Read this article to know about a day in the life of a social worker in Lucknow working to arrange cremations, counselling bereaved families, and help COVID-19 patients find hospital beds.

May 10, 2021
Government releases nearly INR 9,000 crore to panchayats

COVID-19: The Ministry of Finance has released INR 8,923.8 crore to 25 states for providing grants to their gram panchayats to help them fight the second wave of COVID-19. The grants, which have been given out in advance of the scheduled date, are for use by all the three tiers of Panchayati Raj Institutions (PRIs)—village, block, and district.

According to the recommendations of the 15th Finance Commission, the first instalment of ‘untied grants’ was to have been released in June 2021. However, in light of the severity of the second wave of COVID-19, and on the advice of the Ministry of Panchayati Raj, these funds have been released ahead of schedule.

According to the data released by the finance ministry, Uttar Pradesh’s panchayats received the maximum amount totalling INR 1,441.6 crore, followed by Maharashtra with INR 881.4 crore, Bihar with INR 741.8 crore, and West Bengal at INR 652.2 crore.

Read this article on the unique challenges that confront rural India during the second wave of COVID-19 and ways to respond to it.

May 10, 2021
Lack of FCRA licence impacts flow of relief materials into India

Advocacy & Government: The lack of an FCRA licence is impacting whether charitable organisations (including hospitals) can receive COVID-19 related relief material from overseas.

In addition to aid from various governments across the world, support has been pouring in from individual donors and global foundations as well. However, these donations—whether in-kind or cash—can only be received by those organisations that are registered with the Ministry of Home Affairs under the Foreign Contribution Regulation Act (FCRA).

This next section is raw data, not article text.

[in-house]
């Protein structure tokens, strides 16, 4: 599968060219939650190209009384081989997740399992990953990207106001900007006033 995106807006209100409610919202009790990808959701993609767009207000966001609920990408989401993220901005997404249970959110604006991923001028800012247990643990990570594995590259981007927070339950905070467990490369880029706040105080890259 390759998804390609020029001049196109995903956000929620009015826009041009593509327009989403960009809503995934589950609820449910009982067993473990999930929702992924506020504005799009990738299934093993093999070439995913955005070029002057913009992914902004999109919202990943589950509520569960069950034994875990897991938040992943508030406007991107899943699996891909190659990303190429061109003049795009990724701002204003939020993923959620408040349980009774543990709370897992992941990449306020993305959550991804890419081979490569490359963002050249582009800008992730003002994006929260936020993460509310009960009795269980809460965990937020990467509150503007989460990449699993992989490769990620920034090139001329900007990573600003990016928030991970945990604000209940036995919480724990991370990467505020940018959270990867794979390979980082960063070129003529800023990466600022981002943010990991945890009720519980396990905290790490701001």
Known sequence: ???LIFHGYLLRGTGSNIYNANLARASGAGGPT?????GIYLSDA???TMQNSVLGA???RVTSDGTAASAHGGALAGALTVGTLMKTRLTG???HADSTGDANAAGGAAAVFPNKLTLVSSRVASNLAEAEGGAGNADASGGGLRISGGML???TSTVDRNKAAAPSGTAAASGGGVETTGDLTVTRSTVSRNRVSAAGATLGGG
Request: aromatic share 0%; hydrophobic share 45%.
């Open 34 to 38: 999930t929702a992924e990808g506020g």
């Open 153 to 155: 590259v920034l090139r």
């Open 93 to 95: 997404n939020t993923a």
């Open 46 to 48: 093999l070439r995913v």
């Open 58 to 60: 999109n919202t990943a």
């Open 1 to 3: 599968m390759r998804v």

On May 3rd 2021, the central government allowed the import of relief material from overseas to be exempt from GST. However, no such exemption has been granted from the FCRA law. 

The law has some of the most stringent clauses, and the fear of violating it is impacting the plans of large donors to buy equipment like oxygen plants and concentrators for Indian hospitals, smaller charities, and organisations working in rural areas.

According to a report in The Hindu, foreign donors are keen to donate an oxygen production plant to a large hospital, where nearly two dozen patients had died after oxygen supplies were not replenished in a timely manner. However, the lack of an FCRA licence by the hospital is proving to be an obstacle.

Given that FCRA approvals take time, experts have said the government needs to urgently grant an exemption for all such donations 

“The FCRA law does not provide any blanket exemption for imports exempted by the central government, so no such exemption is available for importers of such COVID aid. It is advisable that the Centre issues a clarification exempting the receiver/importer from complying with the FCRA provisions for approval and other compliances,” said Suresh Surana, founder of tax consulting firm RSM India. 

As per the FCRA law, a donation, delivery or transfer of any article, currency or foreign security, by any person who has received it from any foreign source, either directly or through one or more persons, shall also be deemed to be foreign contribution, Mr Surana pointed out.

Read this explainer on the amendments made to Foreign Contribution Regulation Act (FCRA), 2010 and their implications.